Hrmph: another photo taken when the sun was far too strong, but it's the best close-up I have of Butterfield's face. Part of my mission for this blog is to upload images of important angles and details that didn't fit into OMOM, so no, I won't just use a better photo of a different detail.

Monday, February 12, 2007

Carl Schurz: OMOM Essay 51

In "About the Sculpture" I discuss the reliefs flanking Schurz's portrait statue, which recall more of Schurz's achievements than could have been conveyed by his portrait alone. The reliefs are executed in the archaizing style made popular by Paul Manship (Prometheus, Essay 28).

"About the Subject" in Outdoor Monuments of Manhattan focuses on Schurz's participation in the American Anti-Imperialist League, which maintained that the United States should not annex the Phillippines after the Spanish-American War. Schurz's arguments are brilliantly expounded in a speech of 1899 that includes the famous line, "Our country - when right to be kept right; when wrong to be put right." To read the whole speech, click here.

Make a point of visiting this sculpture on a clear day - the view is spectacular. Below: reliefs at left, center and right. As always, you can double-click to see a larger image.

Sunday, February 11, 2007

Thomas Jefferson: OMOM Essay 50

"About the Sculpture" discusses how the texture of Jefferson relates to the works of Rodin, who influenced many American sculptors in the early 20th c. For "About the Subject" I decided to focus on the 1803 Louisiana Purchase, since it could be linked to several other sculptures in Outdoor Monuments of Manhattan: Lafayette (Essay 14; see also the essay on Forgotten Delights), Lewis and Clark (Essay 42, part of the Theodore Roosevelt ensemble), and De Witt Clinton (Essay 48).

In the Forgotten Delights calendar I used a favorite Jefferson quote, which ends: "Reason and experiment have been indulged, and error has fled before them. It is error alone which needs the support of government. Truth can stand by itself." Incidentally, all the quotes in the Forgotten Delights calendar are material that didn't fit in OMOM, except for one or two where the calendar cites in full something I only excerpted in OMOM.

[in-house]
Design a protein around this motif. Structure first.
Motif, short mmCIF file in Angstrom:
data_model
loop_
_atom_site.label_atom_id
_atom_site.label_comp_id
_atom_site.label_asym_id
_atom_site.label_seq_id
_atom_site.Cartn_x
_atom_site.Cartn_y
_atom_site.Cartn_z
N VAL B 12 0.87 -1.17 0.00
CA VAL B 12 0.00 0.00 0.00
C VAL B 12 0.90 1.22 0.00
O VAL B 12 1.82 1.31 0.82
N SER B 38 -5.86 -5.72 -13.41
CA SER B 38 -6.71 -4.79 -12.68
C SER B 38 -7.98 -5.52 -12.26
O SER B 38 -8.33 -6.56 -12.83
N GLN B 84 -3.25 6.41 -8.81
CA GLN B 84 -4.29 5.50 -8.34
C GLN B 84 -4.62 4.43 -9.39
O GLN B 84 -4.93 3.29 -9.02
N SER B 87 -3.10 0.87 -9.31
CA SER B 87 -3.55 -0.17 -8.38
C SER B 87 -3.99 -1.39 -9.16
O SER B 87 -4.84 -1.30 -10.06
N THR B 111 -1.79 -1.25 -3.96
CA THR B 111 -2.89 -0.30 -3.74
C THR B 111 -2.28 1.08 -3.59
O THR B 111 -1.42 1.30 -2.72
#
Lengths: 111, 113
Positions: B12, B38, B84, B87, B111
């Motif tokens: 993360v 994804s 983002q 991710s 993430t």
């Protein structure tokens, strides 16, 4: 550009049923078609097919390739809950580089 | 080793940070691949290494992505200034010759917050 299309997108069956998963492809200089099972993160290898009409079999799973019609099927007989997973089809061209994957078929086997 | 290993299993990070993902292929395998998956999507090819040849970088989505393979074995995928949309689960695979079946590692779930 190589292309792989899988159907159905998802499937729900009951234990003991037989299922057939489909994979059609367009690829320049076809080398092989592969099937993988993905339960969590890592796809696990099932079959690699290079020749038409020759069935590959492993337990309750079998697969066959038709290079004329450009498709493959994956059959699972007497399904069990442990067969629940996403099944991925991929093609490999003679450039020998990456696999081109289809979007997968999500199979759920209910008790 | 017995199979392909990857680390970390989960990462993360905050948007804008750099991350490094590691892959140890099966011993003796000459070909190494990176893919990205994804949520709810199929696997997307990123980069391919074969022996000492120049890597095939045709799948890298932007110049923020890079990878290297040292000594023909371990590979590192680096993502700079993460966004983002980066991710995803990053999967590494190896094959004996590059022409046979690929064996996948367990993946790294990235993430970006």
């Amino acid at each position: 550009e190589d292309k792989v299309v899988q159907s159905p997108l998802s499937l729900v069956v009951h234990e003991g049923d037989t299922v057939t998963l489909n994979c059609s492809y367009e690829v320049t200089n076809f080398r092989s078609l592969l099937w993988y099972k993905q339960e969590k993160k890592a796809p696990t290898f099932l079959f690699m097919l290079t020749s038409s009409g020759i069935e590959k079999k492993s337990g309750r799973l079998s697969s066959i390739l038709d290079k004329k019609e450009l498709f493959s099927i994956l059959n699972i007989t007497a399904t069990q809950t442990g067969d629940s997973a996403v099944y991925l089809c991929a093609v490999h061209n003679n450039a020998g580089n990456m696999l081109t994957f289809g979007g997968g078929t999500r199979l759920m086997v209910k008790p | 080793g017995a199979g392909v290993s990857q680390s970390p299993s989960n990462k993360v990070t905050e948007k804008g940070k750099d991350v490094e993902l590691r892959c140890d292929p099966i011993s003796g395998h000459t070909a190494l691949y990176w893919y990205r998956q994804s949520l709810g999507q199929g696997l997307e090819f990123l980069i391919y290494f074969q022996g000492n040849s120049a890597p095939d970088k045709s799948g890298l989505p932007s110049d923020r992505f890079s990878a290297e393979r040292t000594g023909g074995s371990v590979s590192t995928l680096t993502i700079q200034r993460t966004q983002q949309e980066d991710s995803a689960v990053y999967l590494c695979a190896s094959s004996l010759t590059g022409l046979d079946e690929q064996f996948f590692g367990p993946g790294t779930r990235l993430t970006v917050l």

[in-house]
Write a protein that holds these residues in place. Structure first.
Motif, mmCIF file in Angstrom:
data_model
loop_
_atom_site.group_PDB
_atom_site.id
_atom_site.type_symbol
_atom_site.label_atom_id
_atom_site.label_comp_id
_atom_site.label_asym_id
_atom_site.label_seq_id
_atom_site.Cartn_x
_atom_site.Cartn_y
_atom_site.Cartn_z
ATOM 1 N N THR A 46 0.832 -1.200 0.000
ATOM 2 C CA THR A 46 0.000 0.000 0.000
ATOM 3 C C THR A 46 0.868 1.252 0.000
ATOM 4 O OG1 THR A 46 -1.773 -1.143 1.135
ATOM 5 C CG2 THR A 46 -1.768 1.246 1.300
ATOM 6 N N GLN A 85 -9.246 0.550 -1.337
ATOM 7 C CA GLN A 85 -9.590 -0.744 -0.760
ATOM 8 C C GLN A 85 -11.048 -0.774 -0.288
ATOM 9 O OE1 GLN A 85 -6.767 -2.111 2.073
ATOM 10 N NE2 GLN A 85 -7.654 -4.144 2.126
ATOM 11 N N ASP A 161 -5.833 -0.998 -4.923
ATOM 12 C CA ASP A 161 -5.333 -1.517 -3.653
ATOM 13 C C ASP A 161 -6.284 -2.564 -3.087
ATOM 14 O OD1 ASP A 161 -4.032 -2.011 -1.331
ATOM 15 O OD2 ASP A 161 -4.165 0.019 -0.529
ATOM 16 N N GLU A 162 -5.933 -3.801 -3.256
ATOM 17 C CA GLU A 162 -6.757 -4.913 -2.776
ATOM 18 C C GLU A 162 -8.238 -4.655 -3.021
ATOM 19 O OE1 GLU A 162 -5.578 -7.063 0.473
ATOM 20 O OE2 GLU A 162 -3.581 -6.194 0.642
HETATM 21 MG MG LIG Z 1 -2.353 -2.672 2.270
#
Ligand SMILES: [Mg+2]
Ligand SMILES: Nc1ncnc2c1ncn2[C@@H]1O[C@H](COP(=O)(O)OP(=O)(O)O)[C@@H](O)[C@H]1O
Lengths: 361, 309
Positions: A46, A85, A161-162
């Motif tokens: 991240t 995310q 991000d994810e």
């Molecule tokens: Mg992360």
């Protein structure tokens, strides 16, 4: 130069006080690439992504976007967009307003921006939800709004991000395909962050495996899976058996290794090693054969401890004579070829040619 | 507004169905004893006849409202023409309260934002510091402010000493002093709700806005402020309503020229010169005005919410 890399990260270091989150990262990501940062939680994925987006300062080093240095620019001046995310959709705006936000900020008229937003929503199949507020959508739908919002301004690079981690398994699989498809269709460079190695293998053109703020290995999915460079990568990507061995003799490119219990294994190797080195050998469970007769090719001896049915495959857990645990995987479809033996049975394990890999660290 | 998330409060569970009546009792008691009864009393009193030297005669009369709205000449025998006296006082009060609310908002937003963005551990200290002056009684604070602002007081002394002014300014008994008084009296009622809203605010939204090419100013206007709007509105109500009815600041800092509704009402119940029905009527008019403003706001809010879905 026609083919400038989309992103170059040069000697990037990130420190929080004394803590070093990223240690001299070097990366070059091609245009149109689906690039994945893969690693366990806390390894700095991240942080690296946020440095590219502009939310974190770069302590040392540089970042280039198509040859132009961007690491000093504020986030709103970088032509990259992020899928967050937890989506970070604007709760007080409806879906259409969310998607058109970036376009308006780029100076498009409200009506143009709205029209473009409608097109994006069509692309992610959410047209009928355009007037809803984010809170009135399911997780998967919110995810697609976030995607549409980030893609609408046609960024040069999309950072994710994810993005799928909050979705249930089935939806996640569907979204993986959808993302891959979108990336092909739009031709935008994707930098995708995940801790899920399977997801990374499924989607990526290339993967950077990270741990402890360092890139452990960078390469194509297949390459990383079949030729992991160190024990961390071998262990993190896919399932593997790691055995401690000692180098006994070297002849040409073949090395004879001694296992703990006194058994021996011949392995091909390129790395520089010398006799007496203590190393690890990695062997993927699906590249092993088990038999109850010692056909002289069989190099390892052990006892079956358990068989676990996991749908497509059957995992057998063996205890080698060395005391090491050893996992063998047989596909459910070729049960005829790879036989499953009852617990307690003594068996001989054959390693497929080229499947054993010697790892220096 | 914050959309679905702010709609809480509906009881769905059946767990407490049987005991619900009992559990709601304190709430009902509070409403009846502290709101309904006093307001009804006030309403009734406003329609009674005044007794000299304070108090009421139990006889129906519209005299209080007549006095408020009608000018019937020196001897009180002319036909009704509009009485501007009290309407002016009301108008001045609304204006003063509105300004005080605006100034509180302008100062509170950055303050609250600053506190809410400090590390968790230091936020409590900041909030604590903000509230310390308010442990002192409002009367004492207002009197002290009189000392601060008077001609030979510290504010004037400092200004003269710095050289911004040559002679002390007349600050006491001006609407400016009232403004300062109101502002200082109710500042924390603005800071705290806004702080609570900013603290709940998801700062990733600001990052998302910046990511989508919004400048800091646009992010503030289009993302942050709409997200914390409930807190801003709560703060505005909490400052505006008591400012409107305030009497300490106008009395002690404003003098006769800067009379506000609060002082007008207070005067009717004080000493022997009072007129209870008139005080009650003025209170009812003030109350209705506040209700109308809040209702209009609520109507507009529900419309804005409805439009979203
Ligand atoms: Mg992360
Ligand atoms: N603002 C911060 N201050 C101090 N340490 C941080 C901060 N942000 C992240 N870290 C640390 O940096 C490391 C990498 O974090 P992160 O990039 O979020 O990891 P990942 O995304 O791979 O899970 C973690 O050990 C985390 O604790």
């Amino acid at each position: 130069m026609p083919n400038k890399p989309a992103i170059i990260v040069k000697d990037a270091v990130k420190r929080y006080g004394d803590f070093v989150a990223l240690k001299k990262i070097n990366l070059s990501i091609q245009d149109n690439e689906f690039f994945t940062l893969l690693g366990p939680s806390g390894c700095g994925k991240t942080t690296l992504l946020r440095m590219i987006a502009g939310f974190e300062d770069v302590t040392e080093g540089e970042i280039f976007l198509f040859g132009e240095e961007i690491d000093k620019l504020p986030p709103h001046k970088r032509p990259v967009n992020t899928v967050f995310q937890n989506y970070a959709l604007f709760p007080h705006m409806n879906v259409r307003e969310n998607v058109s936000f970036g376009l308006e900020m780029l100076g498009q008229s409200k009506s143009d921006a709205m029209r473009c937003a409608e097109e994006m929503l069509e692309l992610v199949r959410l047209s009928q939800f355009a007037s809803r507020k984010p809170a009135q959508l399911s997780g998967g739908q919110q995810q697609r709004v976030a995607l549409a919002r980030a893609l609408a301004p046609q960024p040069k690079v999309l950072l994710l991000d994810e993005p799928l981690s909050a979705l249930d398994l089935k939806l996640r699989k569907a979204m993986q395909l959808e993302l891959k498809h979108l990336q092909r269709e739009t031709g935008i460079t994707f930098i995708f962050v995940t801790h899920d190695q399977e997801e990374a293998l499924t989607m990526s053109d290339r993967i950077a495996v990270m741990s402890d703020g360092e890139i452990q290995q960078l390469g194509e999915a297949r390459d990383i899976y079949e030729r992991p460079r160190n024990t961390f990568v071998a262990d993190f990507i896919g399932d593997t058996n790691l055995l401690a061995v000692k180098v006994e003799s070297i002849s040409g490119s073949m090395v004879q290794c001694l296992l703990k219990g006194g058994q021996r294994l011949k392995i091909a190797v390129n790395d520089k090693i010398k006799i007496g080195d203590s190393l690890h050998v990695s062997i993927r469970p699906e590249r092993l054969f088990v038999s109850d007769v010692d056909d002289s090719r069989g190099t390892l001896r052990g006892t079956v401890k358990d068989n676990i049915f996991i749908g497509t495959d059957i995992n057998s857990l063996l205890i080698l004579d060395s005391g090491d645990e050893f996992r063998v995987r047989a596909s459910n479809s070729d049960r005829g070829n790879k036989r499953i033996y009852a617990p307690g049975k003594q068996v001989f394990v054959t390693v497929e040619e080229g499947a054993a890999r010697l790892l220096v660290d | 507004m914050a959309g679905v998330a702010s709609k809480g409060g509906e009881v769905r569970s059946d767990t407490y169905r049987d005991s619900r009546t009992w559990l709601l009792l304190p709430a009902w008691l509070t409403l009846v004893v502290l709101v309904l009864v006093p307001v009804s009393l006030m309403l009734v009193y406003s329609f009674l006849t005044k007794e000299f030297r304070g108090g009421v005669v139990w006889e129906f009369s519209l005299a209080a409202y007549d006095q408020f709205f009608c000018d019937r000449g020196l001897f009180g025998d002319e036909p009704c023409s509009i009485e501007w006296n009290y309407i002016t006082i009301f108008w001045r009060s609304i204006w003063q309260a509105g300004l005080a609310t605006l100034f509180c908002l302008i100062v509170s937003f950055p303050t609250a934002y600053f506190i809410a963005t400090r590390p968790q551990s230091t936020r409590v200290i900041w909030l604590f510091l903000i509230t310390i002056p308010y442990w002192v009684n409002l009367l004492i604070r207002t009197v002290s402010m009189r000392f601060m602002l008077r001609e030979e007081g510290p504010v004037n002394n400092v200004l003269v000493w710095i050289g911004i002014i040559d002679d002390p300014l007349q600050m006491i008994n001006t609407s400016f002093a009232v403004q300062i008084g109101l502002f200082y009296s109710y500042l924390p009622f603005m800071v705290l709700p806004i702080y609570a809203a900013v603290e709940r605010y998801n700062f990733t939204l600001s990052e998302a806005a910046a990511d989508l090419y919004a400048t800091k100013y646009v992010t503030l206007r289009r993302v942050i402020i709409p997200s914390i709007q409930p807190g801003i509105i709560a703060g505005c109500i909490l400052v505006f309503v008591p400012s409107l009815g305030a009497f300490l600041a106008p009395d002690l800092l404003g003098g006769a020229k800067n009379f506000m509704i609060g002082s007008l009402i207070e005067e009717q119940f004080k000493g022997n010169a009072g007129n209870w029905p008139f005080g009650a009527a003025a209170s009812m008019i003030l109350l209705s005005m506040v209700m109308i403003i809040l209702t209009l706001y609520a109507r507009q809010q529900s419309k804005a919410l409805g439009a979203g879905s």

Saturday, February 10, 2007

Alma Mater: OMOM Essay 49

Searching for stories on Alma Mater in the New York Times, I came across a brief 1970 article noting that someone had thrown a bomb at her. That shocked me, and what shocked me even more was the fact that the bombing raised so little comment - apparently because at the time, there were too many other bombings and riots for it to be news-worthy. I place the Alma Mater bombing in that context in "About the Subject."

Alas, I didn't have space in Outdoor Monuments of Manhattan to include excerpts from the New York Times Magazine symposium "Are We in the Middle of the 'Second American Revolution'?" (5/17/1970). It included an analysis by Ayn Rand that seemed to have been written in a different universe from the responses of the other participants. (See "From a Symposium" in Return of the Primitive: The Anti-Industrial Revolution.) To appreciate Rand's clarity and incisiveness, read the other contributions to the symposium, which you can purchase for $4.95 from the Times.

"About the Sculpture" describes the symbolism of Alma Mater. The Forgotten Delights calendar for 2006-2007 has another good photo of this 1903 sculpture and a wonderful quote from Owen Young on the importance of integrating what one learns.

Incidentally, the bomb hit the left side of Alma Mater as you look at her, but the sculpture was repaired so well that no damage is visible.

Friday, February 9, 2007

De Witt Clinton: OMOM Essay 48

My father's repertoire for long car rides included:

Low bridge, everybody down
Low bridge 'cause we're coming to a town.
And you'll always know your neighbor
You'll always know your pal
If you've ever navigated on the Erie Canal.

As a child I pictured that canal just like the narrow, silted-up canal that meandered along the Susquehanna River near my hometown. Imagine my surprise when I discovered that the Erie Canal, which De Witt Clinton tirelessly promoted, was one of the major technological achievements of the early 19th c., and was also the major reason New York outstripped Philadelphia and Boston as a commercial center.

I love learning new facts and ideas, but some of the most satisfying moments in my wide-ranging research for Outdoor Monuments of Manhattan came when a disconnected scrap of old knowledge (like the Erie Canal) slid smoothly into a niche in my newly expanded view of the world.

"About the Sculpture" compares this portrait of Clinton (d. 1828) to others at the Green-Wood Cemetery in Brooklyn (scroll down to the photo on the right) and on the Surrogate's Court at Chambers and Centre Streets in Manhattan (photo at left).